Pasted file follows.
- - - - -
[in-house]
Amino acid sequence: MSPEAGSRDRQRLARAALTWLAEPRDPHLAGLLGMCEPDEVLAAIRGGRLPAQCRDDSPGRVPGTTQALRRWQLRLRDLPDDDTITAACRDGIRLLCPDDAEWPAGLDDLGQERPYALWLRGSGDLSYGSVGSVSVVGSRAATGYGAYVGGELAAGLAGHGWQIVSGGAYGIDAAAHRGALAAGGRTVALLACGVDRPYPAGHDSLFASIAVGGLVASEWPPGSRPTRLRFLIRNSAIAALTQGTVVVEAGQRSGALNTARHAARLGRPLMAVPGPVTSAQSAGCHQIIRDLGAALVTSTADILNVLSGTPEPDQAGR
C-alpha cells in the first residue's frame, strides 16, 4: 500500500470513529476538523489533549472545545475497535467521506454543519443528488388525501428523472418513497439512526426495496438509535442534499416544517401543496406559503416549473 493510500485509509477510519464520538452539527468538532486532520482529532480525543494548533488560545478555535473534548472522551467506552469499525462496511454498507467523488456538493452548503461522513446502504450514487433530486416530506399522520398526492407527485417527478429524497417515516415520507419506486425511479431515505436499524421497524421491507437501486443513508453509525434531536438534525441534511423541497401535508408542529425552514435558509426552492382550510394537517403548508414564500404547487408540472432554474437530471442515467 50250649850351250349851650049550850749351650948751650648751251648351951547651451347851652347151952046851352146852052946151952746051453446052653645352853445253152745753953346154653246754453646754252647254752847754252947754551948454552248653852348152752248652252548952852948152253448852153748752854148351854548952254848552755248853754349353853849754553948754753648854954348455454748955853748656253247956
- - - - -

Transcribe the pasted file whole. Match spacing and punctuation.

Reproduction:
[in-house]
Amino acid sequence: MSPEAGSRDRQRLARAALTWLAEPRDPHLAGLLGMCEPDEVLAAIRGGRLPAQCRDDSPGRVPGTTQALRRWQLRLRDLPDDDTITAACRDGIRLLCPDDAEWPAGLDDLGQERPYALWLRGSGDLSYGSVGSVSVVGSRAATGYGAYVGGELAAGLAGHGWQIVSGGAYGIDAAAHRGALAAGGRTVALLACGVDRPYPAGHDSLFASIAVGGLVASEWPPGSRPTRLRFLIRNSAIAALTQGTVVVEAGQRSGALNTARHAARLGRPLMAVPGPVTSAQSAGCHQIIRDLGAALVTSTADILNVLSGTPEPDQAGR
C-alpha cells in the first residue's frame, strides 16, 4: 500500500470513529476538523489533549472545545475497535467521506454543519443528488388525501428523472418513497439512526426495496438509535442534499416544517401543496406559503416549473 493510500485509509477510519464520538452539527468538532486532520482529532480525543494548533488560545478555535473534548472522551467506552469499525462496511454498507467523488456538493452548503461522513446502504450514487433530486416530506399522520398526492407527485417527478429524497417515516415520507419506486425511479431515505436499524421497524421491507437501486443513508453509525434531536438534525441534511423541497401535508408542529425552514435558509426552492382550510394537517403548508414564500404547487408540472432554474437530471442515467 50250649850351250349851650049550850749351650948751650648751251648351951547651451347851652347151952046851352146852052946151952746051453446052653645352853445253152745753953346154653246754453646754252647254752847754252947754551948454552248653852348152752248652252548952852948152253448852153748752854148351854548952254848552755248853754349353853849754553948754753648854954348455454748955853748656253247956